Favorite Plants: California Native Trees and Shrubs

Favorite Plants: California Native Trees and Shrubs

If you’re in the market for a tree or shrub, consider California natives —  for a number of reasons.

While we’ve received nearly two inches of rain this fall, Southern California is still in an extreme drought. California native trees are drought tolerant and have the best chance of success once they get established. They attract native beneficial insects and birds. Plus, there’s a surprising variety to choose from.

I contacted local experts from the California Native Plant Society for their favorites. I also tapped Abby and Jason Harned, [Read more…]

Tree Care During Drought: Highlights from Forum

Tree Care During Drought: Highlights from Forum

Water your trees and don’t overprune them.

Those were two primary takeaways from ‘Tree Care During Drought Forum’ held on Nov 12 in Redlands CAThe forum featured Dave Roger, a consultant urban forester who has worked with several Southern California cities. This includes Claremont CA which this year won a significant award for its program to save drought-stricken trees. The event was sponsored by the Inland Empire Resource Conservation District and the Redlands Sustainability Network.
[Read more…]

Weed barrier – don’t use!

Weed barrier – don’t use!

It’s great that many people are replacing grass with low-water landscaping, especially in the Southwest where lawns don’t make sense. One concern (along with trees not getting adequate water) that I’ve noticed is the widespread use of weed barrier cloth. Our Redlands CA fire stations have even used it in their waterwise demonstration projects.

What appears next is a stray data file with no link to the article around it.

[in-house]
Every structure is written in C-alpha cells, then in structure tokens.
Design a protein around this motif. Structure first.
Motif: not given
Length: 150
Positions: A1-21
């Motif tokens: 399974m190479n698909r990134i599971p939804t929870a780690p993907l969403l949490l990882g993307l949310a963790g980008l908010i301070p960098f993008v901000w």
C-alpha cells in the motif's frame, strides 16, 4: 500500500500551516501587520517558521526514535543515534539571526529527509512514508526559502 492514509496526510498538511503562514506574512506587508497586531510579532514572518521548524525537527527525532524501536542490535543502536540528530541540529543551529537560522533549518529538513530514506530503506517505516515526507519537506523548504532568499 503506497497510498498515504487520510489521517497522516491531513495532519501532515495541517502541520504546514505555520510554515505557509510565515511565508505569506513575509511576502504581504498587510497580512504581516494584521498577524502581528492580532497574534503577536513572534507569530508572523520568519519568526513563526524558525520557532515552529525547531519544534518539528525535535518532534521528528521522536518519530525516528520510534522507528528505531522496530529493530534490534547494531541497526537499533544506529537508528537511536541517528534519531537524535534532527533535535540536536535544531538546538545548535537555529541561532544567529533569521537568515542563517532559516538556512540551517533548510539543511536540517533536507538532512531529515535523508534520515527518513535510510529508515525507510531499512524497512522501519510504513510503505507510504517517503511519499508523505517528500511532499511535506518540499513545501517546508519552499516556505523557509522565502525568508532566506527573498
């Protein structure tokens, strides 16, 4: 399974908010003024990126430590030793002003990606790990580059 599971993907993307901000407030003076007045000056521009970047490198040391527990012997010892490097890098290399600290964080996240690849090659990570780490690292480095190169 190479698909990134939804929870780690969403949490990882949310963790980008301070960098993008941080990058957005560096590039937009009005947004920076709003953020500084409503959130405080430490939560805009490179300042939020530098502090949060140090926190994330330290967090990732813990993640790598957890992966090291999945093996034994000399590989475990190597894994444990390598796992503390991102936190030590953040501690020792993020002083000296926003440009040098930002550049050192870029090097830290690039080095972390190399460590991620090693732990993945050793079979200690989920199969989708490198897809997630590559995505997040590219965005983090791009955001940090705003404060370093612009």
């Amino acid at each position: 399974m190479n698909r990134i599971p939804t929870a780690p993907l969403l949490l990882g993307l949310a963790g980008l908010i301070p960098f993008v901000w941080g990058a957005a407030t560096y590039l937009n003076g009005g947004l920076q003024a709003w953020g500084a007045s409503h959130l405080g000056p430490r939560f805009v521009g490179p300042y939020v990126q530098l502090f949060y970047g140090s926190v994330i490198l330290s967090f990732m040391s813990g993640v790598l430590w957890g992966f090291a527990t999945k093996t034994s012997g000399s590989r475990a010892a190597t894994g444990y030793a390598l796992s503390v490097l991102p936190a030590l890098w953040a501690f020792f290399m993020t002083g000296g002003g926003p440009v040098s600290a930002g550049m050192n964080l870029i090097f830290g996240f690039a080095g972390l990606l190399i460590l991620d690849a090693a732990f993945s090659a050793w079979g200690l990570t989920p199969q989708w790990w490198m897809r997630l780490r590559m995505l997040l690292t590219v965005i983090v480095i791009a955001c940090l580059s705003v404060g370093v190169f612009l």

While it might help with weeds initially, weed barrier cloth not necessary and is even harmful. [Read more…]

A Potpourri Post: Lizard Update, Beetles and Frustrating Grasses

A Potpourri Post: Lizard Update, Beetles and Frustrating Grasses

With summer in full force in our yard, there’s a variety of subjects on my mind, including missing lizards, mating beetles and even something for plant lovers – so I thought I would provide an update on previous subjects I’ve written about. [Read more…]

More examples of drought tolerant landscapes

More examples of drought tolerant landscapes

These photos supplement an article I wrote – just published in the Redlands Daily Facts on drought tolerant landscaping here in Southern California (click here for article). In a previous post I provided four examples, including our own, and Molly Bogh’s home in Highland CA. Bogh has published an excellent book about her process, Life After Lawns: 8 steps from Grass to a Waterwise Garden, available at amazon.com.  Here are additional examples of local (inland So. CA yards)

[Read more…]

Pollinator killing plants: questions to ask nurseries

Pollinator killing plants: questions to ask nurseries

I’ve been besieged with a lot of email petitions recently about  a pesticide called neonicotinoids (neonics for short), found in some plants sold by nurseries, which has been shown to kill bees, butterflies and other pollinators – so the word is definitely out. When pollinators visit the flowers or caterpillars eat the leaves of the pre-treated plant, they die. There’s a concern to humans too, as herbs also are being sprayed (see example below).  So what can we do? I received info from the Northwest Center for Alternatives to Pesticides (NCAP) in Seattle WA, regarding questions people should ask their nurseries.

[Read more…]

What I’ve learned about GMOs

What I’ve learned about GMOs

I did a presentation on GMOs  for our local AAUW discussion group and thought ‘why waste all that reading’ – so here’s a quick overview of what I learned. I read the following books: Mendel in the Kitchen by geneticist Nina Federoff, which was ranked more anti-GMO in this helpful article by Nathanael Johnson on grist.org, and Food Inc. (2003) by journalist Peter Pringle, which was more pro-GMO. I also read [Read more…]